not BS at all

i've lived to regret giving an enthusiastic review or reference to a provider who does something that isn't scalable... several times... it's a stupid way to cost yourself money with no upside...

"loose lips sink ships"
 

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nightwork said:
not BS at all

i've lived to regret giving an enthusiastic review or reference to a provider who does something that isn't scalable... several times... it's a stupid way to cost yourself money with no upside...

"loose lips sink ships"
It totally is. Because providers don't stay in business very long if they don't get work. And one of the best ways for providers to get work is to get referrals from satisfied customers. Trying to keep a provider all to oneself is simply selfish.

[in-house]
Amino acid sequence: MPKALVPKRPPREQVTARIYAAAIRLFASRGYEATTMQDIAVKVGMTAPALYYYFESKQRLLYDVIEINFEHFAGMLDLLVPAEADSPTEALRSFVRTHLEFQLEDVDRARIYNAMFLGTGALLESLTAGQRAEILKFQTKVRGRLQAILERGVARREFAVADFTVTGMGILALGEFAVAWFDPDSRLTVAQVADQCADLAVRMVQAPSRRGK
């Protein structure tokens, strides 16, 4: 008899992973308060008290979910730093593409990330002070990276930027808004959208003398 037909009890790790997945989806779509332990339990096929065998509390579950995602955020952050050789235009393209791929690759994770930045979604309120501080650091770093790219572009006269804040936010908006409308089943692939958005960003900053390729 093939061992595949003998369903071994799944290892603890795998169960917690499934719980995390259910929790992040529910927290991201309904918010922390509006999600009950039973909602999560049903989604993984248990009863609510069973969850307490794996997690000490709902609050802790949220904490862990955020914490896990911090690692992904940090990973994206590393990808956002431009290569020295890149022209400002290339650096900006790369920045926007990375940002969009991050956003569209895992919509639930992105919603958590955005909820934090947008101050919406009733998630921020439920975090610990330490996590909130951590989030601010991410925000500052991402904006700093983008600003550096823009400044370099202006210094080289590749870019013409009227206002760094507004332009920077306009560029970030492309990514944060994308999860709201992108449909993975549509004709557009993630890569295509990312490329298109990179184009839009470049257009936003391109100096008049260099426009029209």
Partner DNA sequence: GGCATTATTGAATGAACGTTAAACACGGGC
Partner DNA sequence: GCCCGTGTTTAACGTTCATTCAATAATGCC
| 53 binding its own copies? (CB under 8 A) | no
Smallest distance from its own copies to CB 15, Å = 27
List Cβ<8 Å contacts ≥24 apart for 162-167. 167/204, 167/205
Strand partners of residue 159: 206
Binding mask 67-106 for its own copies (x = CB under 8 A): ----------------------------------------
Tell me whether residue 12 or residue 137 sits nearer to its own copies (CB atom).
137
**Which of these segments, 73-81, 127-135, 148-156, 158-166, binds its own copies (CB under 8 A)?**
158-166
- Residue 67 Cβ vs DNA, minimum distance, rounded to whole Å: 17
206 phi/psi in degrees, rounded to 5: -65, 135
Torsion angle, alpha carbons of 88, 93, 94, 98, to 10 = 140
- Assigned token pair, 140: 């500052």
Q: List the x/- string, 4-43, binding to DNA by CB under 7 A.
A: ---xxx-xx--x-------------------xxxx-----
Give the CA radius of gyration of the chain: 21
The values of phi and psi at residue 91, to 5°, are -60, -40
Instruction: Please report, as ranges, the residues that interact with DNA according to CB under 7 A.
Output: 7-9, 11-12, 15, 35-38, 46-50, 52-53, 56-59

Also, how on earth does giving a reference to someone cost you money?
 

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ShayneRutherford said:
I have to call BS. This is a crappy attitude to have. By refusing to give credit to your translator, you're screwing them out of a lot of potential work that they might need to make a living. People should allow their service providers to determine their own schedules rather than do it for them. If your translator gives you good service, you should want them to succeed and make lots of money, not withhold their name and screw them out of a lot of potential business.
Haha. Good for you for taking that attitude. However, I've shared a major sales strategy to the readers of this forum, and the platform I found them on. And I did it to be generous. Yet, you chastise me for not giving you more. How very gracious of you.

FYI, there isn't a minute this year when I haven't kept my German translator working. So... you know... assumptions.